Theatre review: The Hermetic Marriage at Pentameters Theatre
PUBLISHED: 17:00 17 March 2014 | UPDATED: 17:00 17 March 2014
Hermetic Marriage is the belief that world civilisation can only be perfected when human beings meet on a common ground of intelligence, co-operation and worthy purpose.
Its interest is supernatural based on ancient Egyptian priest craft with alchemical symbols, such as the Philosopher’s stone, and their influence on the chemistry of human relationships.
This is an event devised by The Butterfly Wheel – two young women who call themselves Alice Ancient and Moon Child and they describe it as a series of mind-bending songs and dances which will produce an immersive experience to awake and unite heart, mind and soul. It involves song, dance and storytelling in order to reintroduce the old traditions that mankind is losing by allowing them to fade into the distant past.
On stage right, there is a small band area comprising two young men with guitar and drum kit and in front of them are the two beautiful young women dressed in long robes and with flowing blond hair like Saxon goddesses.
The set is a melange of mysterious and cabalistic art reminiscent of tarot drawings. In the centre, an enormous heart which turns around during one of the early songs to display the scene behind it of a Madonna and child. Two witches appear and take the child and give it to the devil who holds it by the foot upside down and delivers its heart to the grieving mother.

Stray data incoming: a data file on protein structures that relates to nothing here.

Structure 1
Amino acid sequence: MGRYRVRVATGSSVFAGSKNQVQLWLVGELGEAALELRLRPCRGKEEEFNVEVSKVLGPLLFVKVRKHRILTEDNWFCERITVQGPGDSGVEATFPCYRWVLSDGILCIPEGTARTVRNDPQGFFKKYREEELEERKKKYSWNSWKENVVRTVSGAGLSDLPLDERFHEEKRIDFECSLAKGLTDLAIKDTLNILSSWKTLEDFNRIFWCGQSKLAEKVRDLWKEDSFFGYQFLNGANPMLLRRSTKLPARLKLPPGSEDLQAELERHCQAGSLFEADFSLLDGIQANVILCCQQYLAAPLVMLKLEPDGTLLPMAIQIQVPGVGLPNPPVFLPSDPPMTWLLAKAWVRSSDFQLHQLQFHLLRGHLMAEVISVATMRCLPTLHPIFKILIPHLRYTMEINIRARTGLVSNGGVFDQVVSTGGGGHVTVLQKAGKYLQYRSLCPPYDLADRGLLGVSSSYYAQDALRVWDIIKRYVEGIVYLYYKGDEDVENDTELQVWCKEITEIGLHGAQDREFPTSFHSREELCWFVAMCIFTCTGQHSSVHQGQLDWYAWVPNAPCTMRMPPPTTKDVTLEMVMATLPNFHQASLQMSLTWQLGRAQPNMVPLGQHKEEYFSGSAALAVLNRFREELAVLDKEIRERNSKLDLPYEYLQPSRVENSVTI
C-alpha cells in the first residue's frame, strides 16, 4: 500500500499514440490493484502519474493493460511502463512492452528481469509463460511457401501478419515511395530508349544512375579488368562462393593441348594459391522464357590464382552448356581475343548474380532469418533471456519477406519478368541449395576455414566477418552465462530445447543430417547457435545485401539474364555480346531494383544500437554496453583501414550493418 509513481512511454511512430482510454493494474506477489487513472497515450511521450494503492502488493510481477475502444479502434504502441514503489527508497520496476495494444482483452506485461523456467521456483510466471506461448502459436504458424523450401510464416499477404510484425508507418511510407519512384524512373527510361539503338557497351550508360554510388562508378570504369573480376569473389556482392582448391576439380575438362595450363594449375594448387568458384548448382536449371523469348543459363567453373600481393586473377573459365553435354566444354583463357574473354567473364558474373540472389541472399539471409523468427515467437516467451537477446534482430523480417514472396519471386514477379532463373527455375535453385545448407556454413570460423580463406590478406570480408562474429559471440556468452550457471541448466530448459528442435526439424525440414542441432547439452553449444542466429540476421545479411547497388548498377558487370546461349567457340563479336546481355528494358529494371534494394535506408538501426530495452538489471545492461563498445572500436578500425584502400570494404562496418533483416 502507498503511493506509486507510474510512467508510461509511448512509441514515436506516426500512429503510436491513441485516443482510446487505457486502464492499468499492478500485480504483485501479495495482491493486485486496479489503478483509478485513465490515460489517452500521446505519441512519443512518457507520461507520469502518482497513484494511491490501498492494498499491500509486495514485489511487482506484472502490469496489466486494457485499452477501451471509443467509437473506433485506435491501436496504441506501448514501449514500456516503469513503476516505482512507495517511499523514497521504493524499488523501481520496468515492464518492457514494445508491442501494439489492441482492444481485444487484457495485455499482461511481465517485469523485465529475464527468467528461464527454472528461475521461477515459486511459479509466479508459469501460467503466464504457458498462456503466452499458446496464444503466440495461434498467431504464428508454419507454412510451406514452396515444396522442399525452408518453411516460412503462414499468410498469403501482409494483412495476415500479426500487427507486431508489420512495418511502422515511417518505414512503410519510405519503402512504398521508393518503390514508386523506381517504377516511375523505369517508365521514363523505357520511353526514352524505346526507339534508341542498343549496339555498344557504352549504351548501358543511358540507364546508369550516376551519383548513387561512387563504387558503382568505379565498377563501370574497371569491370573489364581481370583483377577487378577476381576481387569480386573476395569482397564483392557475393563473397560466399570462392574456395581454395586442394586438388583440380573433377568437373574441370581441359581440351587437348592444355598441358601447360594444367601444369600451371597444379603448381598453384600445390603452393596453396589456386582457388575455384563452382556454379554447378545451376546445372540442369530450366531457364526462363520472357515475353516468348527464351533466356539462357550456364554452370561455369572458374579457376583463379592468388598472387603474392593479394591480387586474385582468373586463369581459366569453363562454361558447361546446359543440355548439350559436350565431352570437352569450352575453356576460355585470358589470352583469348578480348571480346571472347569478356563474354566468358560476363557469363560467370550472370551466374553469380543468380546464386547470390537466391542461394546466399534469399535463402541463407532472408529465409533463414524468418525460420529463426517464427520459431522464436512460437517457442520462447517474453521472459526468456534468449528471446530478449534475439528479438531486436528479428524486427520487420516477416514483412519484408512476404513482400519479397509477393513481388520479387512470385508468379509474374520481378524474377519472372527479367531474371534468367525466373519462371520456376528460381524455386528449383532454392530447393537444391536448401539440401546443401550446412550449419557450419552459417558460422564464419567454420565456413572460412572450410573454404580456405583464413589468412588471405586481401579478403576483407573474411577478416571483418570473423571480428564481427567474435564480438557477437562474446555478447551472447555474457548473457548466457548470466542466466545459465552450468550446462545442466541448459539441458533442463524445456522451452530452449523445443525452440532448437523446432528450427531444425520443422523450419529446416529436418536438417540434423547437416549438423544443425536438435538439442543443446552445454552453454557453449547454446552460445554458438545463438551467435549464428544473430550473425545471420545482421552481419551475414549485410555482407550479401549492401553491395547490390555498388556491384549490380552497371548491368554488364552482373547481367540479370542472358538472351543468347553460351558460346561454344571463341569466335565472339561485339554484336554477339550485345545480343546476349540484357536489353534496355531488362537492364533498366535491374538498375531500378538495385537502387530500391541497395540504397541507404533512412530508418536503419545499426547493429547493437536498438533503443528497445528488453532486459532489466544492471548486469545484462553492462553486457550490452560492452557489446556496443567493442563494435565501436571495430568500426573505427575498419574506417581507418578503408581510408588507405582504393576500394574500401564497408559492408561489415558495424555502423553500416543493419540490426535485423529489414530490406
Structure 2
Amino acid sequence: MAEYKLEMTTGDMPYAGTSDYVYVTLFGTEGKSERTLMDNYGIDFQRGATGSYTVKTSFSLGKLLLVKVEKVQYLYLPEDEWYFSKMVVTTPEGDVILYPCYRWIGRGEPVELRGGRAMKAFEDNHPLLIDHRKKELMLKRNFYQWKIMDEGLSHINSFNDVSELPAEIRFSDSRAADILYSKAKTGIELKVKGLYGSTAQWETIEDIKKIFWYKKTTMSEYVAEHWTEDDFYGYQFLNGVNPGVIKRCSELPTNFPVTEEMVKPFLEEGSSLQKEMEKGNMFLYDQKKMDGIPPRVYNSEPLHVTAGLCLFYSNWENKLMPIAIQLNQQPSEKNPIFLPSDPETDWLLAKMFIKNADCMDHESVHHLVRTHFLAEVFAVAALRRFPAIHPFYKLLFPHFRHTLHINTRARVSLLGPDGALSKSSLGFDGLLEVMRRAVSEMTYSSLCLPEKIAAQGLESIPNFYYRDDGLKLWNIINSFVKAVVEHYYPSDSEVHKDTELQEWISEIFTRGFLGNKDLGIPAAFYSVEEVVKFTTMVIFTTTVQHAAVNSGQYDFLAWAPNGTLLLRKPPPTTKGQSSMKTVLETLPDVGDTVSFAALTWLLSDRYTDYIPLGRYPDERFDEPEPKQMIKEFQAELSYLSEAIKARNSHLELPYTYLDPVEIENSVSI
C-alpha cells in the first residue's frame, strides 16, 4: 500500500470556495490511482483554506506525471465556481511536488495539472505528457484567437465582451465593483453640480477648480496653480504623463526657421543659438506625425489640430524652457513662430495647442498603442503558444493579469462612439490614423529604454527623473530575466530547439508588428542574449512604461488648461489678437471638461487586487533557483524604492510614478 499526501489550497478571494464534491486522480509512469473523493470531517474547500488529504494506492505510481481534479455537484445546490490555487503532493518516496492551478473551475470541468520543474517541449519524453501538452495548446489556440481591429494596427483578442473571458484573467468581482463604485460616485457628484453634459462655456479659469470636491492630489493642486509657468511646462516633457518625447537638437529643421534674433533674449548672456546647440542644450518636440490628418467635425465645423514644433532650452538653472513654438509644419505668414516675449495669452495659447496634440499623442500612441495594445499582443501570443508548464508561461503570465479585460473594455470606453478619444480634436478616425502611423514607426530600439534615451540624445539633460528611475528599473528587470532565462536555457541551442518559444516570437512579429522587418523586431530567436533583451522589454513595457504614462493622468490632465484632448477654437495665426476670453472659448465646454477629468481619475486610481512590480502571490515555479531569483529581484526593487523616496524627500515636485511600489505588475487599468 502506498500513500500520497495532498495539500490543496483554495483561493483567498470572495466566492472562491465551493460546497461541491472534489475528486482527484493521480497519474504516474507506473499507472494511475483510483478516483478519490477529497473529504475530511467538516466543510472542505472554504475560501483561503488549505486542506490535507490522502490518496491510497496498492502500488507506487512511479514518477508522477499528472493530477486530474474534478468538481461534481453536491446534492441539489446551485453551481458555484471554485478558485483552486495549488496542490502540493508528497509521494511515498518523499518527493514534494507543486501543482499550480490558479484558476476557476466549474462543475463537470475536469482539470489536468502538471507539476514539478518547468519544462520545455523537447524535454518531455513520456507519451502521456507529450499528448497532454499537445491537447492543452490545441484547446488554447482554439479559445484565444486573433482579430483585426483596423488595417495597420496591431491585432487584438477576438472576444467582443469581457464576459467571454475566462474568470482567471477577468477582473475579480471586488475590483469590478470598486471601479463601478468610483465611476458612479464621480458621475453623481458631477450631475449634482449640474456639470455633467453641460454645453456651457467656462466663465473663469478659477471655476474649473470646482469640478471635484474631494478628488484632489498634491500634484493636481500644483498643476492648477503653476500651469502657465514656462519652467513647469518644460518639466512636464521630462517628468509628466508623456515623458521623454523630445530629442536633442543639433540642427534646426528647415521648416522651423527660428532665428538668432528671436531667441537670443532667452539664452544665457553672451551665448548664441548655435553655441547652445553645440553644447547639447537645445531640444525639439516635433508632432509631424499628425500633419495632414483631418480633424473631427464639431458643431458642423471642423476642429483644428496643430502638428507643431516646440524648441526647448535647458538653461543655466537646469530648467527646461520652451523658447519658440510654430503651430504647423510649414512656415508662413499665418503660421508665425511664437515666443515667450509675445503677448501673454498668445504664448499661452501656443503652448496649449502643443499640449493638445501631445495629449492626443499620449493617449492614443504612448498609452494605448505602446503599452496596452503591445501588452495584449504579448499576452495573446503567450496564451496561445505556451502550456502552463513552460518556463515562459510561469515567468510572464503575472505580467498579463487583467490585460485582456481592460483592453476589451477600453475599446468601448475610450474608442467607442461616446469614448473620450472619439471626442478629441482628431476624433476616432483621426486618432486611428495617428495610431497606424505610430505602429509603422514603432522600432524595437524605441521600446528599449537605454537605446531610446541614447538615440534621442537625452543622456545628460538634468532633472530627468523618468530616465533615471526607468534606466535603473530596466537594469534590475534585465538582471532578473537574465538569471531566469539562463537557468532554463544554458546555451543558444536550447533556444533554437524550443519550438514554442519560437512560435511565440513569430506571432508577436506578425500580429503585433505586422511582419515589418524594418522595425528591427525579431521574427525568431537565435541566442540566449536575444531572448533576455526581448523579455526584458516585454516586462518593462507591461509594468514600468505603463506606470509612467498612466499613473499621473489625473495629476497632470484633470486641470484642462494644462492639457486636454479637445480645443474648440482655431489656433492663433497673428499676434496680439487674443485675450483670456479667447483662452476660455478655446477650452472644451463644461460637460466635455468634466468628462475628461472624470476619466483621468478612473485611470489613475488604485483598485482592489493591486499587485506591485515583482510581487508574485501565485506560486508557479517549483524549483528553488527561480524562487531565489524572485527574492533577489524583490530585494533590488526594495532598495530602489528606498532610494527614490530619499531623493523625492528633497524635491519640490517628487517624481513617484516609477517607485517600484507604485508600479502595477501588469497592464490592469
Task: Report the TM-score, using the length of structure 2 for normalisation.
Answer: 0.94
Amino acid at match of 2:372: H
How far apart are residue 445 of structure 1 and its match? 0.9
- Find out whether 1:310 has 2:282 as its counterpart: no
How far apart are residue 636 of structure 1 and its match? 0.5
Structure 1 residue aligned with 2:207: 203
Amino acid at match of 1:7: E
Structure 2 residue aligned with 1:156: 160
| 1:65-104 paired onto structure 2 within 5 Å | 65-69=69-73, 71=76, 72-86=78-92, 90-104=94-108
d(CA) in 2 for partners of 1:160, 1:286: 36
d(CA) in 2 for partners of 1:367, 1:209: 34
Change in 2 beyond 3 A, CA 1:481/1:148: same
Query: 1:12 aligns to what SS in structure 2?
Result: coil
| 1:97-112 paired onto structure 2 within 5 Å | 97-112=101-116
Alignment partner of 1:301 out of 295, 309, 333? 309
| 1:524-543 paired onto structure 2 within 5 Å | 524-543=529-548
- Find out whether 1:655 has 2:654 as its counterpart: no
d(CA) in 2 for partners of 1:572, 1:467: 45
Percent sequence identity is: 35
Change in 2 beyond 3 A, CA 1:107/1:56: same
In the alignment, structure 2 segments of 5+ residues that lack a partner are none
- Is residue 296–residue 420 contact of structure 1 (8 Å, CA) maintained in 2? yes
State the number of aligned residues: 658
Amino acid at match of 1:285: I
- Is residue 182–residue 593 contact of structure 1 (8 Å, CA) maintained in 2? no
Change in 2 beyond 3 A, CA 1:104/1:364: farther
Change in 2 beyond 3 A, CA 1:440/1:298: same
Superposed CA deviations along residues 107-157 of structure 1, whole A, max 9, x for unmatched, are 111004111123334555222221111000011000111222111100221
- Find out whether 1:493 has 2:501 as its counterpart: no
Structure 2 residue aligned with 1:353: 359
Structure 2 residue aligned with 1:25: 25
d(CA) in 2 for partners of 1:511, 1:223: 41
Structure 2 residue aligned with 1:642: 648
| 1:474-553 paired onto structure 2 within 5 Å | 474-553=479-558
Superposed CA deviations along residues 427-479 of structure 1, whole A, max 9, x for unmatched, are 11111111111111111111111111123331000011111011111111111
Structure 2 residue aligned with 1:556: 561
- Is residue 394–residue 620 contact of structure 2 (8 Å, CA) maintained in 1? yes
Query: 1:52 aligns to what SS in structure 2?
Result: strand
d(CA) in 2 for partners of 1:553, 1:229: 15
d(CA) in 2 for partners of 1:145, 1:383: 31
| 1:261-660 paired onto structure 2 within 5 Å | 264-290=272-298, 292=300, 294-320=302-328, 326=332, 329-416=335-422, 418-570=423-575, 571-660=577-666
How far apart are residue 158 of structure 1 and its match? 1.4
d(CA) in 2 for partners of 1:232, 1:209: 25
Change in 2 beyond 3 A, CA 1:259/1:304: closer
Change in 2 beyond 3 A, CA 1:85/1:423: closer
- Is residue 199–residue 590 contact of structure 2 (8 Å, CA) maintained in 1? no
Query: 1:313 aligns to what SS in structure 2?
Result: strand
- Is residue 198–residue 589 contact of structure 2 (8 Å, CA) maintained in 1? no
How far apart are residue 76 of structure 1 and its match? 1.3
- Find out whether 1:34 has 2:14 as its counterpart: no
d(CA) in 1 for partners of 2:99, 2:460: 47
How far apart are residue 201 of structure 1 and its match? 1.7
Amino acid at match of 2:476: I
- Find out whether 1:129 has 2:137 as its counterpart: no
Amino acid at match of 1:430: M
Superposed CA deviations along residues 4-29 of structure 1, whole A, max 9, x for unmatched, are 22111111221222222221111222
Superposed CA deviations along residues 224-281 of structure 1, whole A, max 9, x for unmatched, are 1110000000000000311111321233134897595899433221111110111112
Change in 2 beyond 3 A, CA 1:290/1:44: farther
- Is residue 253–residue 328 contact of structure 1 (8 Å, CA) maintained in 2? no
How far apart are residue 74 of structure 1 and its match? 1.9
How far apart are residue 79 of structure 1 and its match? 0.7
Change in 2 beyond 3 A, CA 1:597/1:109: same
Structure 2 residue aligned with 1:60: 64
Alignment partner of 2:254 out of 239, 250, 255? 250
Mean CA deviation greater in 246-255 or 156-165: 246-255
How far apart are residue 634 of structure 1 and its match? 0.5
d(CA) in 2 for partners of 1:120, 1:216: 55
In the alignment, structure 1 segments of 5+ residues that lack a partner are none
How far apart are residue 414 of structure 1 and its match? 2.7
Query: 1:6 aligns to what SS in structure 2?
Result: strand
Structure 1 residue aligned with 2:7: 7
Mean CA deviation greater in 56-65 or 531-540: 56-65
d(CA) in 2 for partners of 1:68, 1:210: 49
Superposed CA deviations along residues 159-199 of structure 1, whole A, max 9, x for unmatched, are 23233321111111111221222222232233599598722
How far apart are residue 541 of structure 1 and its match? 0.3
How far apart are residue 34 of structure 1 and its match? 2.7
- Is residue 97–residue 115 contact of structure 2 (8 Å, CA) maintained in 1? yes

Moon Child is responsible for the music, which is reminiscent of Kate Bush and Kurt Weill, and the four dancers interpret well the stories from ancient mythologies. The dancers are actors from all over the world. There is Mathew from New York, Liis from Estonia, Andre Gonzalez from Portugal and Catherine from Latvia.
However the highlight of the show is homegrown – Alice is a true Hampstead resident who sings with a soulful Germanic-style voice that has an incredible impact on the listener. It is pure, perfectly pitched and truly natural.
Even if you don’t agree with the philosophy, it is worth visiting Hampstead just to listen to that voice.
Until March 23.
If you value what this story gives you, please consider supporting the Ham&High. Click the link in the orange box above for details.